Freakonomics by Steven Levitt and Stephen Dubner shows how statistics can be used to explain a wide range of phenomena or maybe even EVERYTHING that people do in the world. Levitt and Dubner base their analysis of the world on three basic flavors of incentive: Economic, social and moral incentives. A combination of these incentives explains all human behavior, according to the authors. And they use numbers to prove it. Most importantly, they manage to do that in an easy to understand way. This way, they explain for example what schoolteachers and sumo wrestlers have in common, and why drug dealers still live with their moms. » More: Freakonomics
Everything on ‘Book review’
This week I re-read the small but insightful book called “Who Moved My Cheese?” by Spencer Johnson. I finished the 90-page, large letter formatted book in less than 1.5 hours, and you might be able to finish it faster.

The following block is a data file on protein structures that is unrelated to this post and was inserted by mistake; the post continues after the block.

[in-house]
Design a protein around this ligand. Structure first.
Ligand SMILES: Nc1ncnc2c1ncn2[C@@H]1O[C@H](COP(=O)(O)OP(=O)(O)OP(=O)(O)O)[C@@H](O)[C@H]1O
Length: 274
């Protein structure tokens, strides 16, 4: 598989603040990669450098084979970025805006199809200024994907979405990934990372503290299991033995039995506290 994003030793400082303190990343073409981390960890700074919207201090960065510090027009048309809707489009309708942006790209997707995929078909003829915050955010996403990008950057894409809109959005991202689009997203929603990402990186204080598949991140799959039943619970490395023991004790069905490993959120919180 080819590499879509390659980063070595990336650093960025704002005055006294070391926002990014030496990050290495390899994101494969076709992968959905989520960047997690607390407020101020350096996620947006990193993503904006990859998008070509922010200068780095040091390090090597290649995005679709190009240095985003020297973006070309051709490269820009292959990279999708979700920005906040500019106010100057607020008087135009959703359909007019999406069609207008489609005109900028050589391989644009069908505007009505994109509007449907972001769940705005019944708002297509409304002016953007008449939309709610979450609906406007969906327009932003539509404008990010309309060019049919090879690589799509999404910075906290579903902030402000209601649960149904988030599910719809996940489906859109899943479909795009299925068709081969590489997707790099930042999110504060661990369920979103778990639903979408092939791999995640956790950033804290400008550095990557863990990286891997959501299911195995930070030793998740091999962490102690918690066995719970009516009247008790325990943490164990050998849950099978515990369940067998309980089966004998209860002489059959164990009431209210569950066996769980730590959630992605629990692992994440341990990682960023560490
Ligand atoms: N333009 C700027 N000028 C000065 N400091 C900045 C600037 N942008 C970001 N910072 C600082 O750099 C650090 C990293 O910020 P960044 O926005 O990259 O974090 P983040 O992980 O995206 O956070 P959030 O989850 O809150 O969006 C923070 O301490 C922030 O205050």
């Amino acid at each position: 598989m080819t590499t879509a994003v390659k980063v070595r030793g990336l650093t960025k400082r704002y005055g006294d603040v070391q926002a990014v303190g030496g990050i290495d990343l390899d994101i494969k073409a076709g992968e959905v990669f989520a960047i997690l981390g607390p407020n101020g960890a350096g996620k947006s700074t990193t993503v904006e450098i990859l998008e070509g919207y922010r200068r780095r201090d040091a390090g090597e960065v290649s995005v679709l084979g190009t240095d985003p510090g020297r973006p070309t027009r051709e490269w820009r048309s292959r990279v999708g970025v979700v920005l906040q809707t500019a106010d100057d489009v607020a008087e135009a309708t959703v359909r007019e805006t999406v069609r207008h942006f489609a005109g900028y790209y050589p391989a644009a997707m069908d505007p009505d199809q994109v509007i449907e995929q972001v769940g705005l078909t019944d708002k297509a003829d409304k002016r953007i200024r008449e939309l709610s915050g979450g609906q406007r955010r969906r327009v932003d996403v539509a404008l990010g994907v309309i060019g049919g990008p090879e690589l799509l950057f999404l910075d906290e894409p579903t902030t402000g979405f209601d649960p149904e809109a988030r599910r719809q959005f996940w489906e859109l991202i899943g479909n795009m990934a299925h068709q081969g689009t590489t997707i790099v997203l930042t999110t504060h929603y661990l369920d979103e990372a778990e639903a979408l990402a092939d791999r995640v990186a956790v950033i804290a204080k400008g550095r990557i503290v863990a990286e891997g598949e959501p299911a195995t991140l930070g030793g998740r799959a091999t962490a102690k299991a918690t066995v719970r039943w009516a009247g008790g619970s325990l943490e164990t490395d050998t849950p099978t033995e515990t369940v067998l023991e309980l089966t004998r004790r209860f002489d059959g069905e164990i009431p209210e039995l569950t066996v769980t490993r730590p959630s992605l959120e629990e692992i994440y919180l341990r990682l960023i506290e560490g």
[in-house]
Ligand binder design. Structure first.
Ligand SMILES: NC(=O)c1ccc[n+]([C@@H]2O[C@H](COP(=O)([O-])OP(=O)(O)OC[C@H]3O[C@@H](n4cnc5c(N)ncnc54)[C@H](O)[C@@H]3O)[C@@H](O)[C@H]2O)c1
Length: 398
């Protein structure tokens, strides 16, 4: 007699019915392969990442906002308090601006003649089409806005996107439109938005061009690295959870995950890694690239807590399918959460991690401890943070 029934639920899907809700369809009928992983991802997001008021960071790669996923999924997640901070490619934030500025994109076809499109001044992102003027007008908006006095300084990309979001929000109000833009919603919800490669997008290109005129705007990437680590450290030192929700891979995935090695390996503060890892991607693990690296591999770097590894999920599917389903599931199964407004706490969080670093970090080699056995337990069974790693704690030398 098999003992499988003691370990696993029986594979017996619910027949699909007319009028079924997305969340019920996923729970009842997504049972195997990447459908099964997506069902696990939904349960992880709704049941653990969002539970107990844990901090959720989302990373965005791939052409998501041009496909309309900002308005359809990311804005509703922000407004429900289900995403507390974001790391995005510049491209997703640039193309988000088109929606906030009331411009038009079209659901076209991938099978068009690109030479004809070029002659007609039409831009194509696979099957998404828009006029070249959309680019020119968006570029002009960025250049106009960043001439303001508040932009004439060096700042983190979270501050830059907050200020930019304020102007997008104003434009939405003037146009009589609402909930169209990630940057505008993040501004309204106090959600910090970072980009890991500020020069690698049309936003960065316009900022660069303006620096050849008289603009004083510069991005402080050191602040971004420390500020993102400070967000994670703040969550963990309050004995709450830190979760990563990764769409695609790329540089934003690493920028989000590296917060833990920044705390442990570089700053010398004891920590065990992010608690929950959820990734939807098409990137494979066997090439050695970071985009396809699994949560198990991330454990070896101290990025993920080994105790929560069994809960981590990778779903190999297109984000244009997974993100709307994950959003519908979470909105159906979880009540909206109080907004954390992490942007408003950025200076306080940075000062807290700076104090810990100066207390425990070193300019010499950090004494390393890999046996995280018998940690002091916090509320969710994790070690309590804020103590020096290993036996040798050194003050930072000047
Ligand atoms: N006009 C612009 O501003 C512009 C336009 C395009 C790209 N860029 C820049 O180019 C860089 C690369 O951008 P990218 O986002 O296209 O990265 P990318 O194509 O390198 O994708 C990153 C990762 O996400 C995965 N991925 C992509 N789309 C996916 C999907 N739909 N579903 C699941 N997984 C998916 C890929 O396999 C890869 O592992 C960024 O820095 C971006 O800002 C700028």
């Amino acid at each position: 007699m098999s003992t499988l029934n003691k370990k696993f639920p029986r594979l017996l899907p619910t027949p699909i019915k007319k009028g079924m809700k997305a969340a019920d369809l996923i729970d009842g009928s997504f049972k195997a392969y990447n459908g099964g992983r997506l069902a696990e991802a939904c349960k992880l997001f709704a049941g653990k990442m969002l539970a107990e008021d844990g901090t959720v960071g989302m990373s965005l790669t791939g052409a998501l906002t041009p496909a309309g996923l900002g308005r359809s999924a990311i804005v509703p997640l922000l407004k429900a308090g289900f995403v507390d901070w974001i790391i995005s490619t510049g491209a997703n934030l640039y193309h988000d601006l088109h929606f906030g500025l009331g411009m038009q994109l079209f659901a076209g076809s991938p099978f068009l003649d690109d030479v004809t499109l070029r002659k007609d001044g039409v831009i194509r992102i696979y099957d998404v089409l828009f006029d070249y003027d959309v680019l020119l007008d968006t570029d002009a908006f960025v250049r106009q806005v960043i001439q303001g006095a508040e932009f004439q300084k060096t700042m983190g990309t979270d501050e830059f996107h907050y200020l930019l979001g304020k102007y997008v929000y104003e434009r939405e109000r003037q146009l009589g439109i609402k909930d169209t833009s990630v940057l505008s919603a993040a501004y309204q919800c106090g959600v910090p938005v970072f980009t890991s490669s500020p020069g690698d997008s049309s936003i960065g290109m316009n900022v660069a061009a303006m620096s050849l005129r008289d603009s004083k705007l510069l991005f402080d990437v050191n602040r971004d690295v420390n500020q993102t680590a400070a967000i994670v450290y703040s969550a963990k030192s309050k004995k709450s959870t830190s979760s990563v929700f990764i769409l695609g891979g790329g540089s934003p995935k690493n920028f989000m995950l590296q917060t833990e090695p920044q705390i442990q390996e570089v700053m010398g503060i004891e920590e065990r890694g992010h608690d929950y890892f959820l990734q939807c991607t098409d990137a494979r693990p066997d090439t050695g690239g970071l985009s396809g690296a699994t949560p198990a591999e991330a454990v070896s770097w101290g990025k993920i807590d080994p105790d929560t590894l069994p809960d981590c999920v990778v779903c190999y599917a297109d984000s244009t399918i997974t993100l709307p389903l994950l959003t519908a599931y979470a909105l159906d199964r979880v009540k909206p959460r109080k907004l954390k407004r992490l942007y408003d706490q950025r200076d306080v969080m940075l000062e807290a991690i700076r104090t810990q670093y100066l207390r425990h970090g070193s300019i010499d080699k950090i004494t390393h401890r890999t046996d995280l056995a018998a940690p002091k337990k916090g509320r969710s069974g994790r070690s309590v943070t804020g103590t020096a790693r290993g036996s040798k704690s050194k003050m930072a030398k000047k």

So what is it about, and what makes is special? It’s about Change. And dealing with it, whether in your personal or professional environment. Change happens everywhere, always. Sometimes we initiate it ourselves, but most of the times it comes to us. The book uses the story of two mice, Sniff and Scurry, and two Littlepeople, Hem and Haw, to explain to be more aware of change, to recognize it in an early stage and to anticipate it. » More: Who Moved My Cheese?